Where is sound located in the library? There are sounds in the library but what about in the collection – where is the sound? When considering how to find sonic materials in the library, the method that probably comes to mind is to search for audio-visual recordings. At Concordia, you would then find these recordings in the Media Collection on the 3rd floor of the Webster Library, or as a disc to request at the Vanier Library, or a recording to hear in Special Collections (Vanier Library), or as a sound file to stream through the catalogue system. In fact, if searching specifically for an audio-visual recordings, the catalogue will show you on a map exactly where to find it:
That red marker is where you will find the sound.
In the above example, the call number will take you to a cassette tape called Modern Canadian Poets: a recorded archive and, when you put that cassette into a tape player, you will hear the sound you were searching for: the voice of poet Anne Marriott.
But what about the books? Are they sonic objects? Here in this post, I want to consider books as unexpected sonic objects in the library, particularly when the book you have requested comes with an audio recording. In this case, the book is the primary object that you are seeking in the library and the fact that it comes with an accompanying CD may be a pleasant surprise. That has happened to me a number times. Most recently, I was searching for Sonic Agency by Brandon Labelle and noticed one of his previous publications: Site of Sound: of Architecture and the Ear, edited by Brandon LaBelle and Steve Roben (Errant Bodies Press, 1999). LaBelle and Roben have since published a second volume, Site of Sound, volume 2: of Architecture and the Ear (Errant Bodies Press, 2011), and both volumes come with accompanying audio discs, as do other publications of LaBelle’s with Errant Bodies Press.
Holding the book is a sensory experience. The cover is artfully designed and smooth, and the CD at the back is neatly tucked inside (and suits the dimensions of the book as square). I turn the pages of this copy carefully since there are a couple pages that are almost falling out of the book’s binding. It so happens that those pages are ones that depict notation, and I imagine readers opening the book wide at those pages to study the notation. I, too, study the notation in order to understand what is shaping the site/sight of sound.
Although it is impossible to know how many times the CD has been listened to, the book itself feels well-worn. In one section there are a couple pages stuck together and I don’t try to separate them since the binding feels so fragile. The book’s pages have been touched many times by readers of sound.
Readers of sound – yes, reading this book is an exercise in listening.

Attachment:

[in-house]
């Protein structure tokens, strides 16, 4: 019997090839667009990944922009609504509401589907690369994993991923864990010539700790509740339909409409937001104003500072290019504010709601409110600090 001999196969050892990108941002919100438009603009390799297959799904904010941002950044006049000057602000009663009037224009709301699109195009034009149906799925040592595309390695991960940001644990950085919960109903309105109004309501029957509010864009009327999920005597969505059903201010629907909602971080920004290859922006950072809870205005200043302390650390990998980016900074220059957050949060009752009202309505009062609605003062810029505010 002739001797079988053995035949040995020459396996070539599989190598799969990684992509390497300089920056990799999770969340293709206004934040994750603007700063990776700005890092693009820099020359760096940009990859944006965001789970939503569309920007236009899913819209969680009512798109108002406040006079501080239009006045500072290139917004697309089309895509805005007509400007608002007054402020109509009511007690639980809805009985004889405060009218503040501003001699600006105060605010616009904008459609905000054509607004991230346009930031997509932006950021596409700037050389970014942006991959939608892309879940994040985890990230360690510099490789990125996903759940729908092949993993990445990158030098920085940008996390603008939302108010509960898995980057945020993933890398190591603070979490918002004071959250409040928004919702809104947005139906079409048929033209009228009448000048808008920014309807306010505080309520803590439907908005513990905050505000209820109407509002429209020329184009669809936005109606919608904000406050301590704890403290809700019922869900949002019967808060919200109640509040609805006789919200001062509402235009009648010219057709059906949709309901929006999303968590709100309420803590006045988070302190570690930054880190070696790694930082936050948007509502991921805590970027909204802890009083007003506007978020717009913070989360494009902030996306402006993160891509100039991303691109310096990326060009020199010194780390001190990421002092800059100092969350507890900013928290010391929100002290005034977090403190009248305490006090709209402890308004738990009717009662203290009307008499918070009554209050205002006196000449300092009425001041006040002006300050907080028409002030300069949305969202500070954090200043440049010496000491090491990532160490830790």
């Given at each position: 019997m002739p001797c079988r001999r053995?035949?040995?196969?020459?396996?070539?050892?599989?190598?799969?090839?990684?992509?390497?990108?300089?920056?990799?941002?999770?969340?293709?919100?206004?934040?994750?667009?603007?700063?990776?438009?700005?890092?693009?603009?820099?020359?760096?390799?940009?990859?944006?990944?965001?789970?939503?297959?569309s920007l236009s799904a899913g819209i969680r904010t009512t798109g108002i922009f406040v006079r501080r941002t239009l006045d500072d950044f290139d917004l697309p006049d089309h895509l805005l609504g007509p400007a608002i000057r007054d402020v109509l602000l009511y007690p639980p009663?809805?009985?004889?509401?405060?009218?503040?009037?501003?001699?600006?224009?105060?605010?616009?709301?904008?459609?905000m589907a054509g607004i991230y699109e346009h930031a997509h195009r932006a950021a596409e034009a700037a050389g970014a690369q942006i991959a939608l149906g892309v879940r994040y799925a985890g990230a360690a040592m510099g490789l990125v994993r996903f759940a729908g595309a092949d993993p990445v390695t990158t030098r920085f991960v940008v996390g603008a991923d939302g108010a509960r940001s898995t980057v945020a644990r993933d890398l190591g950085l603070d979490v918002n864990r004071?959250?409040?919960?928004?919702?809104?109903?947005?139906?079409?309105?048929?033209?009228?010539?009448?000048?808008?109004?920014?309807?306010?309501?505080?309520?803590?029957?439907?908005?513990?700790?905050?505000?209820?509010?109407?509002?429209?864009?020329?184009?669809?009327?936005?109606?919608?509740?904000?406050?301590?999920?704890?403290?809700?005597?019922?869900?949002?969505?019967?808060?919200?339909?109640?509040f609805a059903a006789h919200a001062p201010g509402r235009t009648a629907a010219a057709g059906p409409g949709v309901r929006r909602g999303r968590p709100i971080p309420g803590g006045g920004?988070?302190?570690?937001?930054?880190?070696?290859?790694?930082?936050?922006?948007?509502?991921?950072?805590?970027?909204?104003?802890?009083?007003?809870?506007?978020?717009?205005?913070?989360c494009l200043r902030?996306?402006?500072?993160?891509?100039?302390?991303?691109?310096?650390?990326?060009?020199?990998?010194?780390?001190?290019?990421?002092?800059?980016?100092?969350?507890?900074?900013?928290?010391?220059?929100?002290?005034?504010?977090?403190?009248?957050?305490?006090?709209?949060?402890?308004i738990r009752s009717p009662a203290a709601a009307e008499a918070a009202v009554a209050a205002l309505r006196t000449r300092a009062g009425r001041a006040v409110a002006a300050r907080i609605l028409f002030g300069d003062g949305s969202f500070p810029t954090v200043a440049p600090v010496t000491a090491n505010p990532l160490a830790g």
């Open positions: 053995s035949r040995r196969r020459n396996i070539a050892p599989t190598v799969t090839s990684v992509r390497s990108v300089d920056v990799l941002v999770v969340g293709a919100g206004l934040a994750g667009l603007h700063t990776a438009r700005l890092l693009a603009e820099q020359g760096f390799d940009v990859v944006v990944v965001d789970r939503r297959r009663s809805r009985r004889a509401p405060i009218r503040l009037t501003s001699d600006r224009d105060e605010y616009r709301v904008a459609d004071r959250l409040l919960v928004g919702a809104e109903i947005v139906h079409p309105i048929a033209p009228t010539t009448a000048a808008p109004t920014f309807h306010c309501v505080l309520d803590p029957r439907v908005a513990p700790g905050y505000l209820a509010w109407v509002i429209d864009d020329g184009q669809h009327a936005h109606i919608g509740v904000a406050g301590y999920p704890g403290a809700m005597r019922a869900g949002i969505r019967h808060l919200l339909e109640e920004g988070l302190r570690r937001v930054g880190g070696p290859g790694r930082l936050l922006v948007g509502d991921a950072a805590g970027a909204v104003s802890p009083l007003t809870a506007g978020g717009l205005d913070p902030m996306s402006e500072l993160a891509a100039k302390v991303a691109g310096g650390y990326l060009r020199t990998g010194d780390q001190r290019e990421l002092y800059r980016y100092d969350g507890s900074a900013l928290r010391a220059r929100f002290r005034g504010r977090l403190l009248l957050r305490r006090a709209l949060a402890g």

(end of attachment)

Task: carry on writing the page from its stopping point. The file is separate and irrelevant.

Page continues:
Finally, after what has already felt like listening, I press play on the CD.
The book explores how sound-artists understand their work as connected to and shaped by the world: “Through Site of Sound it is our intention to explore how sound leads us to an understanding of our very location. And how listening as a practice, and as a perceptual state, determines the parameters of this understanding” (“Introduction,” 1).
The influence of site on our perceptual state is demonstrated by all of the written pieces, but particularly by Hildergard Westerkamp’s, in which she imagines the reader reading the written words as a meeting place for reader and writer – and for both to be listeners: “I imagine the reader looking at this page. All ear.”
Westerkamp’s piece is a useful case study to work with for this book because it is a guide for a soundwalk along with being a critical commentary on sound: “Did you hear the sounds of this place this time in your life? This place on these pages in your place of reading? Put aside another hour on another day and go for a walk in your neighbourhood. Do nothing but listen” (25).
While reading Westerkamp’s piece in Site of Sound, it is impossible to read without being aware of the location of my reading, and to be aware of how my location is meeting the location – the site – of the listening that produced her writing on the page.
That meeting is examined through this book, as each sound artist explores the meeting place of sound and the place that produced this sound, whether that place be architectural in a physical space or mapped in notation.
The accompanying CD does not feature tracks by all contributors to the book, but it does feature one by Westerkamp. That track, “Sensitive Chaos,” is not a performance of the written piece but rather is its own work of sound art. (In 1999, when this book was published, this CD was the medium through which one could listen, but, now, there is a link to it, though that link only plays an extract from it.)
Listening to this book, as part of my larger experiment in listening to the library, is not only about simply playing the CD. After closing the book and returning the CD to its plastic holder, I’m struck by how the CD – the object that is the material container of sound – is only one component of this sonic experience. While the CD holds sound within it at the back of the book, the tactile pages and the words are where this book conveys the feeling of, at once, sound and silence.
Have you ever borrowed a book from the library and discovered that it contained an audio disc? What is your favourite book that feels like an experience of listening? Share your comments below.
Dr. Katherine McLeod is the 2020-2021 Researcher-in-Residence at the Concordia University Library. She has published on archives, performance, and Canadian poetry and, most recently, she has co-edited the collection CanLit Across Media: Unarchiving the Literary Event (with Jason Camlot, McGill-Queen’s University Press, 2019). She is an affiliated researcher with SpokenWeb and she produces the monthly audio content for ShortCuts as part of The SpokenWeb Podcast feed.